TP: Hi Sara, tell me about when you decided that you needed to get a rep? You’ve had a couple now, right?
SF: I have had a few reps now and those transitions have all happened pretty organically. Back when I was getting my start, I was cold-calling agencies just to go meet with their photographers in the hopes of getting work. Landing a rep wasn’t really on my front burner at the time, but I was also friends with Kate Ryan who was just opening her styling department at the same time . During those crappy Recession years, I would work in her office helping with paperwork & I suppose that exposure got me thinking more about having an agent. I then went with Jam Arts, which was a smaller agency and I was with them for 6 months.
TP: What do you consider the benefits to be of having an agent?
SF: I like having a designated person to deal with money conversation. I can handle my scheduling, but I do not like talking money!
TP: I can definitely see how it’s nice to have someone else handle all those tricky, delicate, diplomatic conversations for you, so that you can be focused on the creative solutions. I suppose as a producer, I provide that same role and support for the photographer. I get it!
SF: Yeah, not having to do that is number one for me!
TP: You mentioned that you’ve been represented by a few different agencies. What are some factors in changing or choosing your rep?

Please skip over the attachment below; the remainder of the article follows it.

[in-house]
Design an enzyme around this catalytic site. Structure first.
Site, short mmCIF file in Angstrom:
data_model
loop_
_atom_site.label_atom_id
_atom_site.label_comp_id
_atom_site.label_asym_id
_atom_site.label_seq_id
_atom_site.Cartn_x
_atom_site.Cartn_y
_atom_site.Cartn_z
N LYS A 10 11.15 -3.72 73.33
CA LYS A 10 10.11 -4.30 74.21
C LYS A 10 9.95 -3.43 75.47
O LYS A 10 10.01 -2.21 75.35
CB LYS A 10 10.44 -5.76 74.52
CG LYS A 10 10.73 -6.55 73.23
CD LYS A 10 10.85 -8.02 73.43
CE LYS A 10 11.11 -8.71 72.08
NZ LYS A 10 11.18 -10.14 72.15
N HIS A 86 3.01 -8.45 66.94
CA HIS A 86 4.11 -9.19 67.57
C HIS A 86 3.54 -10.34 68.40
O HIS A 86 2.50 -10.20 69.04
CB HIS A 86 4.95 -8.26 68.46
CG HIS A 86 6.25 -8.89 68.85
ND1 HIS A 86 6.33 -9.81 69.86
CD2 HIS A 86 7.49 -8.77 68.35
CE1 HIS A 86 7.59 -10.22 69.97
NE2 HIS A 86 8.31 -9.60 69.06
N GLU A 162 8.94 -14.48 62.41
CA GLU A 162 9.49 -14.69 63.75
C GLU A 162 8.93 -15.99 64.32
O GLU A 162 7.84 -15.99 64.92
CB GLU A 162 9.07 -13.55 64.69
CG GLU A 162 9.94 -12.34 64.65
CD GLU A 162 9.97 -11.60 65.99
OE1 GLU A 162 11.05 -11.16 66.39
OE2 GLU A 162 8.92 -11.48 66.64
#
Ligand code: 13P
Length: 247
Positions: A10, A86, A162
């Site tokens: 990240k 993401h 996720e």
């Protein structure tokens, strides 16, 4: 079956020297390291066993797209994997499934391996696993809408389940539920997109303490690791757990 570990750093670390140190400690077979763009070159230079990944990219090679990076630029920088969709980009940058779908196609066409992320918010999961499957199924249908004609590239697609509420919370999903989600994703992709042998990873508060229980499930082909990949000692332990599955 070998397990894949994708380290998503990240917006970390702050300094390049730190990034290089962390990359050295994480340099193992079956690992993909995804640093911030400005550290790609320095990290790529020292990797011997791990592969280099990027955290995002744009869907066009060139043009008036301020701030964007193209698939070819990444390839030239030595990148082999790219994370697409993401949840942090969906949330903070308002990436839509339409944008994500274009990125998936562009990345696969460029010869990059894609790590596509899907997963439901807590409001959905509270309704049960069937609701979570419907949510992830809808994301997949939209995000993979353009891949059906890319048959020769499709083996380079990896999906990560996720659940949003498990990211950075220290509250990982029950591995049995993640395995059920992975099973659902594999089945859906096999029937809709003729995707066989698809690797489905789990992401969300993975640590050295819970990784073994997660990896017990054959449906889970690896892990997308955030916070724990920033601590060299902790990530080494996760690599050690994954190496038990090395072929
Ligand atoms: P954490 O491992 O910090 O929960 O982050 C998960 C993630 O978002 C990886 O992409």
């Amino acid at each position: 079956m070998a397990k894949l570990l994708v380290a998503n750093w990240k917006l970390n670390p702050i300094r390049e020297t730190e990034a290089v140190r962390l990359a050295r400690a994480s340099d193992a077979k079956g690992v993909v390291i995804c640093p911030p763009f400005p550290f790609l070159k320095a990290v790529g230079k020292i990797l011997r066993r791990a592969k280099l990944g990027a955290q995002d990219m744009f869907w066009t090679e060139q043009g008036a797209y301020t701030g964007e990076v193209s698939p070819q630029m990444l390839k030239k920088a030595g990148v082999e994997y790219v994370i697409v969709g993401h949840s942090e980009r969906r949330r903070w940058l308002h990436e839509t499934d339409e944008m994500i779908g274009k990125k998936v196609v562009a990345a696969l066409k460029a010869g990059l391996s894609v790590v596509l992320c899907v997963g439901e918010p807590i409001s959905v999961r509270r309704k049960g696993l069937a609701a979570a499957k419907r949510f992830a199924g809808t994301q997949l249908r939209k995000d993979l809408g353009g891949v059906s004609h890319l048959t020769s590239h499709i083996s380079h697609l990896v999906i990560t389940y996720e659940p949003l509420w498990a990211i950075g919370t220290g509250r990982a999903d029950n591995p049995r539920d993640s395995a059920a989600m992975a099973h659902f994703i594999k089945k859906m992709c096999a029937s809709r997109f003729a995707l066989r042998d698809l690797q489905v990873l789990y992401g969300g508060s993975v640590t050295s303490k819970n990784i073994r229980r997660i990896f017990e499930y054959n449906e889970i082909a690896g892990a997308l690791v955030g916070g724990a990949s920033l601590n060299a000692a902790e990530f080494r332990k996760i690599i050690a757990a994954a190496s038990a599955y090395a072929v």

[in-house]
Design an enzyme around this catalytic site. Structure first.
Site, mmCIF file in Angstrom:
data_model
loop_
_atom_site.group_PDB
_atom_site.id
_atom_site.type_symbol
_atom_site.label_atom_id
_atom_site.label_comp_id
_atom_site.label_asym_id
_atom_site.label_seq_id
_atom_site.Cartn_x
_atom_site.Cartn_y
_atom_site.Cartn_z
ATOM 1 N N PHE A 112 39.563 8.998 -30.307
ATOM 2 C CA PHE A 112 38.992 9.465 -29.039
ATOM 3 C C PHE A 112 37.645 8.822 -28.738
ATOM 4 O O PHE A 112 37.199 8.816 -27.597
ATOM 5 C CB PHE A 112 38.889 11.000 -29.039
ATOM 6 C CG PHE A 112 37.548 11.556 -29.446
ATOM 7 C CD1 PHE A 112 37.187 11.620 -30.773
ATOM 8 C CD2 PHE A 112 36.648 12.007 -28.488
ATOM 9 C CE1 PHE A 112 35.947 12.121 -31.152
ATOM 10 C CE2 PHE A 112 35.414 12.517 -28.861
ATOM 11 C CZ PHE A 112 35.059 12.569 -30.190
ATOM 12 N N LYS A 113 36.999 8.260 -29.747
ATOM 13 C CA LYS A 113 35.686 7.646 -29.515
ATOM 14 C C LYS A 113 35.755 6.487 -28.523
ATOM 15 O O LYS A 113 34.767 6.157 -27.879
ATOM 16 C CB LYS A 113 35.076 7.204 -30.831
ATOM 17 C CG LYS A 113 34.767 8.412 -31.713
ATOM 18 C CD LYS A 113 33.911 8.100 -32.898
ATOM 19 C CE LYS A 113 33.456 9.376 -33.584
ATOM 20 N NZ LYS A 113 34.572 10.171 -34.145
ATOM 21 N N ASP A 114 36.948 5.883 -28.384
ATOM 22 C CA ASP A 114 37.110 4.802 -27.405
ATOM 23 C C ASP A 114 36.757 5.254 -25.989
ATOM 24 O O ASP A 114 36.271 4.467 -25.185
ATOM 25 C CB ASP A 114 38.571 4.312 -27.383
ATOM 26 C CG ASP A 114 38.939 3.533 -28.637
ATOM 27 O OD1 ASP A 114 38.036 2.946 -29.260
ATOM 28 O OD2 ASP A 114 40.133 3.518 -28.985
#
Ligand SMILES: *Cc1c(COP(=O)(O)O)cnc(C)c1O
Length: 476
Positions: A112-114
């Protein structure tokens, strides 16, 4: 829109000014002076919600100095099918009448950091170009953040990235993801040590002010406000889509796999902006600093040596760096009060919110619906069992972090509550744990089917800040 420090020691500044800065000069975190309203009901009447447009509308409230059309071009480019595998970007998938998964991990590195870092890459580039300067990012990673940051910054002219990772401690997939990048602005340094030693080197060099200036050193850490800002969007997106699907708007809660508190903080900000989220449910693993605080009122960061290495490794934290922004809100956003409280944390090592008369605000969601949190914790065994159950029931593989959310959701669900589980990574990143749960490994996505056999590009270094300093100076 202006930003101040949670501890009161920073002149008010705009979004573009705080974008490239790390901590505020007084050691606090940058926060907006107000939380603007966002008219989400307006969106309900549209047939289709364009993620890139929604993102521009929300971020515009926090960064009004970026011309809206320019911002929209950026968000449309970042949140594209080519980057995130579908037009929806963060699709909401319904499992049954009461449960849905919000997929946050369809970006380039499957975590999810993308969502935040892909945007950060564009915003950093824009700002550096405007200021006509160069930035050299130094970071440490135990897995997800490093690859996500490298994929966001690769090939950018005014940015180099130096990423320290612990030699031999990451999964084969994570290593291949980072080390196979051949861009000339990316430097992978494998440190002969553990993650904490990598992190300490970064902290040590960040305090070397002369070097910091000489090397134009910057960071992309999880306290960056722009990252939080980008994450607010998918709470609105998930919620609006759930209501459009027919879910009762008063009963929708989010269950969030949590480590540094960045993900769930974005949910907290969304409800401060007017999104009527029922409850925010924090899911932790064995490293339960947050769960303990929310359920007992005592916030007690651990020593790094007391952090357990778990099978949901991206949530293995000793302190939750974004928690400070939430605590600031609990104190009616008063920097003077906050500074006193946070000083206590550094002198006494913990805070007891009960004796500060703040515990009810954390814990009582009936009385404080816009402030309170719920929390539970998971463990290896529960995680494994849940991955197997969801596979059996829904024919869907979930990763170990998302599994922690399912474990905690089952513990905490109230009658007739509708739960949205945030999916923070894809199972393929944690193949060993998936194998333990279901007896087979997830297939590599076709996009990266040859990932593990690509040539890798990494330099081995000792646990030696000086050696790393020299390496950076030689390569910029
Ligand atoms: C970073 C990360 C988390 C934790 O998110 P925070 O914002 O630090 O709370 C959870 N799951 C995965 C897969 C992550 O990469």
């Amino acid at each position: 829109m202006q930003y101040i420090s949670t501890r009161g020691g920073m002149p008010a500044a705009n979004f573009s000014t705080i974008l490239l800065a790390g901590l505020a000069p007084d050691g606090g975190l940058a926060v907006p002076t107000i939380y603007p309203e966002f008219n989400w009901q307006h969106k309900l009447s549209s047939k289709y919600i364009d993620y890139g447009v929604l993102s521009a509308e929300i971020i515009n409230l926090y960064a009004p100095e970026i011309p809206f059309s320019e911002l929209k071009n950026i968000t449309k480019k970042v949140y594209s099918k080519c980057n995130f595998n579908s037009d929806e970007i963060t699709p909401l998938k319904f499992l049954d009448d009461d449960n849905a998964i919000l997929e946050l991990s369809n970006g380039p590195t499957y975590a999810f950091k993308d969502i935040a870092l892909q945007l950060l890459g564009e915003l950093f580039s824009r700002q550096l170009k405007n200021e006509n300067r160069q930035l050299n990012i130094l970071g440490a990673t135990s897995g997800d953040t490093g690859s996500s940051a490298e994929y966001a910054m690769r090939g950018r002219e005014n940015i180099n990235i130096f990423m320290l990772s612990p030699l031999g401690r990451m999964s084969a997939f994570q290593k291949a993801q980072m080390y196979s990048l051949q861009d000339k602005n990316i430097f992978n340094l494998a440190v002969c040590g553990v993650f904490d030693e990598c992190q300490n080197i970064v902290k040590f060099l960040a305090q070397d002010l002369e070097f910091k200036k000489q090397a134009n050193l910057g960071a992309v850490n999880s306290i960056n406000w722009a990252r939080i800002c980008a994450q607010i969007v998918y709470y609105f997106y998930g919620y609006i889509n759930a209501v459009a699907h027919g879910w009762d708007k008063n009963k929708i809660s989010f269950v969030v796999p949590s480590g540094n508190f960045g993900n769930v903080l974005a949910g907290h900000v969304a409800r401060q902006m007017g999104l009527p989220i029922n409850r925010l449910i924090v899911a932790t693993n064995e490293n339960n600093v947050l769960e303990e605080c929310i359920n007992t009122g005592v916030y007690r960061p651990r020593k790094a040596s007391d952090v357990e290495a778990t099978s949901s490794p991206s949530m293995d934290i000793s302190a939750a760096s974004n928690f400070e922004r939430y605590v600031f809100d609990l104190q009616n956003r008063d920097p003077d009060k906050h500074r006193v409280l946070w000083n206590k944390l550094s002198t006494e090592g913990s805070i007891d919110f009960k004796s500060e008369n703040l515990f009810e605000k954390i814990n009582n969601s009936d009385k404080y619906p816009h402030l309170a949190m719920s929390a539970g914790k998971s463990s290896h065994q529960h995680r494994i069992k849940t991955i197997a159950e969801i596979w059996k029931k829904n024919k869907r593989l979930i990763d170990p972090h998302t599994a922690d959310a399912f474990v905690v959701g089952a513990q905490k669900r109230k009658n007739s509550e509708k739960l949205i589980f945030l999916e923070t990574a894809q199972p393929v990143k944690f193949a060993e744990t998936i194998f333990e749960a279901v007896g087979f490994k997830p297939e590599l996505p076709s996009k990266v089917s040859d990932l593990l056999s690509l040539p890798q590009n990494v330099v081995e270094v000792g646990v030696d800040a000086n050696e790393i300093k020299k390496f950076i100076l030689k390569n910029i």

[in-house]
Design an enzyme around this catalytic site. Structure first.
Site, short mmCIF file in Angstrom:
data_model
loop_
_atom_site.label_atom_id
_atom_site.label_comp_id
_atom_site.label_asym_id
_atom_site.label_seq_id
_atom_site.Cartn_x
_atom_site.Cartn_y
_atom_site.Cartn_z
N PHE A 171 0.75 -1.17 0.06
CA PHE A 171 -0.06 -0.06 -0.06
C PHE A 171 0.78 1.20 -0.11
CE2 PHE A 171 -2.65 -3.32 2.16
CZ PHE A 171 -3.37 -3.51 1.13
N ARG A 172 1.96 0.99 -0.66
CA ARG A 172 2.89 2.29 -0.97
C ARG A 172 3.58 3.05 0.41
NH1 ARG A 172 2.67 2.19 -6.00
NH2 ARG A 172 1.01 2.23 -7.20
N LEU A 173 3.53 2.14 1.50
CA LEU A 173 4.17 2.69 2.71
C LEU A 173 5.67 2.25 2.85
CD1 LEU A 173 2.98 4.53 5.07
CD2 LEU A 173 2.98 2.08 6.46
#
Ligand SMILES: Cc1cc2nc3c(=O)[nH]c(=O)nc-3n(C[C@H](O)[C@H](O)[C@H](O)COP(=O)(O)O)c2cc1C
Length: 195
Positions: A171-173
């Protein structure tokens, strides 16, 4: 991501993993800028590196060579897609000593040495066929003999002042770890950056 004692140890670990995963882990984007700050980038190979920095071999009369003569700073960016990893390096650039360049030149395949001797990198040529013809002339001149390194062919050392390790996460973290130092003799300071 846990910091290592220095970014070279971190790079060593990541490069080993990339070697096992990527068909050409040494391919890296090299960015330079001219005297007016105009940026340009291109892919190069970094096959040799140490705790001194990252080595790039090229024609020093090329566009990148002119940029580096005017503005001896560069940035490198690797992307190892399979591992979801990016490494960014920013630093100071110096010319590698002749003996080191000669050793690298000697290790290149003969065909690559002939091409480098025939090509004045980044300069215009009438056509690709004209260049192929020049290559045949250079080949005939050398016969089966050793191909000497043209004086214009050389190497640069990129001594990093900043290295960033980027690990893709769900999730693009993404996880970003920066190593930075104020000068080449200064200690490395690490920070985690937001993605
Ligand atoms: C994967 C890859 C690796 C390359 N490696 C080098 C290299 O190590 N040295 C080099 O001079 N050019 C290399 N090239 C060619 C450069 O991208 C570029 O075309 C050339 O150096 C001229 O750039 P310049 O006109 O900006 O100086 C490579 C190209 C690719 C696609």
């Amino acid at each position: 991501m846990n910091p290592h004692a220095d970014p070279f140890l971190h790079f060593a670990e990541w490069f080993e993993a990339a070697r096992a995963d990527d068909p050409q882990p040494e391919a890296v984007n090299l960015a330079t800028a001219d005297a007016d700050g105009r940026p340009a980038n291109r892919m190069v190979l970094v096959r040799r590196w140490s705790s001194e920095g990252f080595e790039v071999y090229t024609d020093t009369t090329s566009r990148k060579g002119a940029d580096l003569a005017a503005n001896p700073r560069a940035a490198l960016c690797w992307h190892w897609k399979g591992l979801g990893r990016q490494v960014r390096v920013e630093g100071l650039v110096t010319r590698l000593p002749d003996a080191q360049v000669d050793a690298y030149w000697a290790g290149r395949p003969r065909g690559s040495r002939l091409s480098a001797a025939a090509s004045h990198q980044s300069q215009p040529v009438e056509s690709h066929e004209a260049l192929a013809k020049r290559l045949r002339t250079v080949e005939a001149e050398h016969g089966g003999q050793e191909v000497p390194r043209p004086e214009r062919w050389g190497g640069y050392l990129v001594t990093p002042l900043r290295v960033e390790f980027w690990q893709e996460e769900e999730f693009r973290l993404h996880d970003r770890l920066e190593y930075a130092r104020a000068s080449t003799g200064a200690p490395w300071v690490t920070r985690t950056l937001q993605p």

SF: Communication can be a real issue and you have to find the right fit for your style & personality. How my agent speaks to me about things is important. It’s a relationship based on mutual respect, hopefully.
With my newest rep, I felt that some things just fell into place. Even my initial two-hour interview with them was engaged and exciting!
TP: What are the benefits with your new agent now?
SF: Again, communication. That seems to be my number one thing. Respect and communication - my current situation has both. They respect me as an artist, I respect the work they put in. I’m a real talker and I need to be working with someone easy to talk to. Even when we’re discussing work, it doesn’t have to be so robotic or serious - we’re in this industry to have some fun!